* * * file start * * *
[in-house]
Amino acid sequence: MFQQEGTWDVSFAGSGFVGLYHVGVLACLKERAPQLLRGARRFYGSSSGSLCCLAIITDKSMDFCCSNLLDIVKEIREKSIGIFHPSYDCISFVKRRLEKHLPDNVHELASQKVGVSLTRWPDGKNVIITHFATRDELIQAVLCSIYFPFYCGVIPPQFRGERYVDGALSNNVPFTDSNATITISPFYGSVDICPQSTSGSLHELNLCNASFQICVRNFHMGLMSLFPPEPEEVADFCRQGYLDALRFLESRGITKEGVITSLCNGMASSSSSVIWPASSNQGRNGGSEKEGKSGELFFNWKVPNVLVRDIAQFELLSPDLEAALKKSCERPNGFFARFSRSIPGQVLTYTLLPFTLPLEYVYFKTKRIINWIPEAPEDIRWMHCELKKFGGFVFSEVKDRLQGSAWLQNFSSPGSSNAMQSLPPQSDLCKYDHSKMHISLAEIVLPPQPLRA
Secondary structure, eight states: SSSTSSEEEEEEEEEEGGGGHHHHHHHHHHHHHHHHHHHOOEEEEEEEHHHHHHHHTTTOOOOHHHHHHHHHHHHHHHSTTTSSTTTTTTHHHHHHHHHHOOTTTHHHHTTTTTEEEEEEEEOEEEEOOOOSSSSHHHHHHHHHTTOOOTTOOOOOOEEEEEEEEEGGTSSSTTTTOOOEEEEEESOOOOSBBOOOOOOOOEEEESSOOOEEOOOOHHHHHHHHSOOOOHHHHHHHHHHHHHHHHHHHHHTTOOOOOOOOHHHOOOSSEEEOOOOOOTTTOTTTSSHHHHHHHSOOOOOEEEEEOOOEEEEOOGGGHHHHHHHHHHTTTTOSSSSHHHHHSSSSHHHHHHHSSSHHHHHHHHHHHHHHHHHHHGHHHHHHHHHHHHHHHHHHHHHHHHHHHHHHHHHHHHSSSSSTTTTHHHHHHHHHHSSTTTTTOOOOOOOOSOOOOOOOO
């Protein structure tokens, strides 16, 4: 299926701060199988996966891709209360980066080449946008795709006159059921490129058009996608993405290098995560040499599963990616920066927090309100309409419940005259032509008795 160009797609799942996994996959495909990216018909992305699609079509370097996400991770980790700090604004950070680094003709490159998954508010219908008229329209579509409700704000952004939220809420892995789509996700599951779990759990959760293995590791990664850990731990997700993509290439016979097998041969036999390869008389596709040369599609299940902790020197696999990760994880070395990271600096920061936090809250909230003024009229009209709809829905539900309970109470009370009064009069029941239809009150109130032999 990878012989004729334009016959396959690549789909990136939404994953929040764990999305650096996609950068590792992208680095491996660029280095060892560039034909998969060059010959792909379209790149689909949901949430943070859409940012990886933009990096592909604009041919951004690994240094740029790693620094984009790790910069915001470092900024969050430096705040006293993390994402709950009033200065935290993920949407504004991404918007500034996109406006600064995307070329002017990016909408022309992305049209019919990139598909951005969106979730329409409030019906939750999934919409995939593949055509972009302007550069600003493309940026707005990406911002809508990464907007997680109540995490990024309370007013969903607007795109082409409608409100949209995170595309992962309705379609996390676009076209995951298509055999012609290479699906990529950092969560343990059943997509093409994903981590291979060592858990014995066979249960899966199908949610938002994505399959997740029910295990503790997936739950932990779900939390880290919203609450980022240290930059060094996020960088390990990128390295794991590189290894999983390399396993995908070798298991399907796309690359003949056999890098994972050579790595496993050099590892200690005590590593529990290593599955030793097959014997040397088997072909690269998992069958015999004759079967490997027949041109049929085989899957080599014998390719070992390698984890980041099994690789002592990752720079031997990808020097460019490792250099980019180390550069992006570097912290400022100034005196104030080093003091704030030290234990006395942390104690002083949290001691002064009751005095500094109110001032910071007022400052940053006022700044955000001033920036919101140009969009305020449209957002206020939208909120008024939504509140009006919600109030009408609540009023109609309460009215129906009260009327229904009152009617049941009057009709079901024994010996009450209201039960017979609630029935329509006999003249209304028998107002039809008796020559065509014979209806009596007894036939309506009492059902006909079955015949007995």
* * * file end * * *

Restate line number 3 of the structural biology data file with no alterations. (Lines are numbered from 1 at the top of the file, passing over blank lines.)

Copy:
Secondary structure, eight states: SSSTSSEEEEEEEEEEGGGGHHHHHHHHHHHHHHHHHHHOOEEEEEEEHHHHHHHHTTTOOOOHHHHHHHHHHHHHHHSTTTSSTTTTTTHHHHHHHHHHOOTTTHHHHTTTTTEEEEEEEEOEEEEOOOOSSSSHHHHHHHHHTTOOOTTOOOOOOEEEEEEEEEGGTSSSTTTTOOOEEEEEESOOOOSBBOOOOOOOOEEEESSOOOEEOOOOHHHHHHHHSOOOOHHHHHHHHHHHHHHHHHHHHHTTOOOOOOOOHHHOOOSSEEEOOOOOOTTTOTTTSSHHHHHHHSOOOOOEEEEEOOOEEEEOOGGGHHHHHHHHHHTTTTOSSSSHHHHHSSSSHHHHHHHSSSHHHHHHHHHHHHHHHHHHHGHHHHHHHHHHHHHHHHHHHHHHHHHHHHHHHHHHHHSSSSSTTTTHHHHHHHHHHSSTTTTTOOOOOOOOSOOOOOOOO